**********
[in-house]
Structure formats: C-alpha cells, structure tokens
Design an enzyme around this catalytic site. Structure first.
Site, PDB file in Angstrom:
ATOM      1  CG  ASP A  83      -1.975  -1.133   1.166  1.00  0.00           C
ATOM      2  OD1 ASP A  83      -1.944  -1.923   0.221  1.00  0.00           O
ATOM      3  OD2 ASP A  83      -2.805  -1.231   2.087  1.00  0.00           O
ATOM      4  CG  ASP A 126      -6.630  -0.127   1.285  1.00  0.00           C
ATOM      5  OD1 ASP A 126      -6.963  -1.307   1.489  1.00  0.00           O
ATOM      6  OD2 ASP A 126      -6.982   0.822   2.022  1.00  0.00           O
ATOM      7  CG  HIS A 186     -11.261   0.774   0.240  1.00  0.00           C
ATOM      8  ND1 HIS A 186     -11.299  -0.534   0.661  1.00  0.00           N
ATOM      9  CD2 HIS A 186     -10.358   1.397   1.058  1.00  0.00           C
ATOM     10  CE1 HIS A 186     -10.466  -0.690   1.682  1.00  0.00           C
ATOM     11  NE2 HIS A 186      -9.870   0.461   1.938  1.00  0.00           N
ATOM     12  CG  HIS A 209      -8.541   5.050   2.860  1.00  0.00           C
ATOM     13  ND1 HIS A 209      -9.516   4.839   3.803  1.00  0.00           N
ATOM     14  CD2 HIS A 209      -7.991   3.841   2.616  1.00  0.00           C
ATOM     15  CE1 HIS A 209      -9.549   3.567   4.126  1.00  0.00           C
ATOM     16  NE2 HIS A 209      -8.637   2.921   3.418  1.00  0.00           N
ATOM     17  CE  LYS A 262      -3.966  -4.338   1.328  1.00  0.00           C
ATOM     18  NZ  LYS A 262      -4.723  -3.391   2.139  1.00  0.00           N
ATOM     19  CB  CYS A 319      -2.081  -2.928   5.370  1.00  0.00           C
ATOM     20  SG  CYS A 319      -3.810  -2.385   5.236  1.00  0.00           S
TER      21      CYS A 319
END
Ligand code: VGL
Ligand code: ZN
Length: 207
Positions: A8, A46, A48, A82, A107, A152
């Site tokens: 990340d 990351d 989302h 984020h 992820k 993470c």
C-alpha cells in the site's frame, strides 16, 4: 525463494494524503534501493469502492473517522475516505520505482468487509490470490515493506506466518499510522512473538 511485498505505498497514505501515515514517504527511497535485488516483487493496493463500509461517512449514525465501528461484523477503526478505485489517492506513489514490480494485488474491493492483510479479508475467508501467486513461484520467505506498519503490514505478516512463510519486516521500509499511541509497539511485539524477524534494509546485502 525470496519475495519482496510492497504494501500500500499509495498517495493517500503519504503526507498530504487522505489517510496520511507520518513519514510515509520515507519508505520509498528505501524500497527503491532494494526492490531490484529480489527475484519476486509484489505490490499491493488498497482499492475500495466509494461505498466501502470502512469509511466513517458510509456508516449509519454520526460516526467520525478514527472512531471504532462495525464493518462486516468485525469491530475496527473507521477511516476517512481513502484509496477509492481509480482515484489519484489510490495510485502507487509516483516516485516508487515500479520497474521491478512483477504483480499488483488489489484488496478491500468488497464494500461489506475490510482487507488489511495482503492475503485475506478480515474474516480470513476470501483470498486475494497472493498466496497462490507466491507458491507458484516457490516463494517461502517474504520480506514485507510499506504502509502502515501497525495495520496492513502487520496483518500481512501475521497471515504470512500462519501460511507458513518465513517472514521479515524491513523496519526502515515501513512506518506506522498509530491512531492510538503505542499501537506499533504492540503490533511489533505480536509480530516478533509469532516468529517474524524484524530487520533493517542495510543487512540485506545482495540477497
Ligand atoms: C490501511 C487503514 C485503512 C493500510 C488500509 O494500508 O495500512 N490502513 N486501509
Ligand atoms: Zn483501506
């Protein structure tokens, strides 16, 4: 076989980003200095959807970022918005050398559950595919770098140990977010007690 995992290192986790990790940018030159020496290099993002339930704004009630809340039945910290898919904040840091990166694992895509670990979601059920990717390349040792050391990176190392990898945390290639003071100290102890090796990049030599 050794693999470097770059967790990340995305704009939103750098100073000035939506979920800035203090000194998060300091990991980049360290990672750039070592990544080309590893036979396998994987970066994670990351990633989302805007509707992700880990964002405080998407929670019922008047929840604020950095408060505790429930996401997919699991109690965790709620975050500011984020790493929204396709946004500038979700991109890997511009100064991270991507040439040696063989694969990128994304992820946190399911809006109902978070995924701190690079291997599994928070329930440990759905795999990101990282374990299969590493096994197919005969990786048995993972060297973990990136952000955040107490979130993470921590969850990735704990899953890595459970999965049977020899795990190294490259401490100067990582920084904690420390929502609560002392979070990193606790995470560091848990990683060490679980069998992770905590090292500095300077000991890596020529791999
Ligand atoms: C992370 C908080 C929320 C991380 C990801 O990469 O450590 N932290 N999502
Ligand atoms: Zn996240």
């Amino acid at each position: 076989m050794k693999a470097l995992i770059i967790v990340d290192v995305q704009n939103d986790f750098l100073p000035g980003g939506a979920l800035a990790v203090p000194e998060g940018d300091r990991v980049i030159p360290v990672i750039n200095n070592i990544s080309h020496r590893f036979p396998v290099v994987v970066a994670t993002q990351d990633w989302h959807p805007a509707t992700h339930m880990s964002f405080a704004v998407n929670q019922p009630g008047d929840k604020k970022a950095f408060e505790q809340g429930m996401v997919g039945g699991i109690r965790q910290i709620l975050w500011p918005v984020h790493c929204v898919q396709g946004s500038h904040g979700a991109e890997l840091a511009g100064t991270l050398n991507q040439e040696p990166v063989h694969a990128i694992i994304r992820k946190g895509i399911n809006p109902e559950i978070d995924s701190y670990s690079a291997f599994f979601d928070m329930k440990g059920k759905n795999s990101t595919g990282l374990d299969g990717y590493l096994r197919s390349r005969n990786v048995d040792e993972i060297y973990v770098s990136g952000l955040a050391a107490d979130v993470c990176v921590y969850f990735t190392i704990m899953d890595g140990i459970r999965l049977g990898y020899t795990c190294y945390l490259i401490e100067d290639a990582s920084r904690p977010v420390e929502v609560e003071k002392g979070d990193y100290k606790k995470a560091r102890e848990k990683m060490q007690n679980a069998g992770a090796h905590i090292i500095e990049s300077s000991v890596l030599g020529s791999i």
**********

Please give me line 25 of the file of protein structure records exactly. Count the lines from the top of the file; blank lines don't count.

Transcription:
TER      21      CYS A 319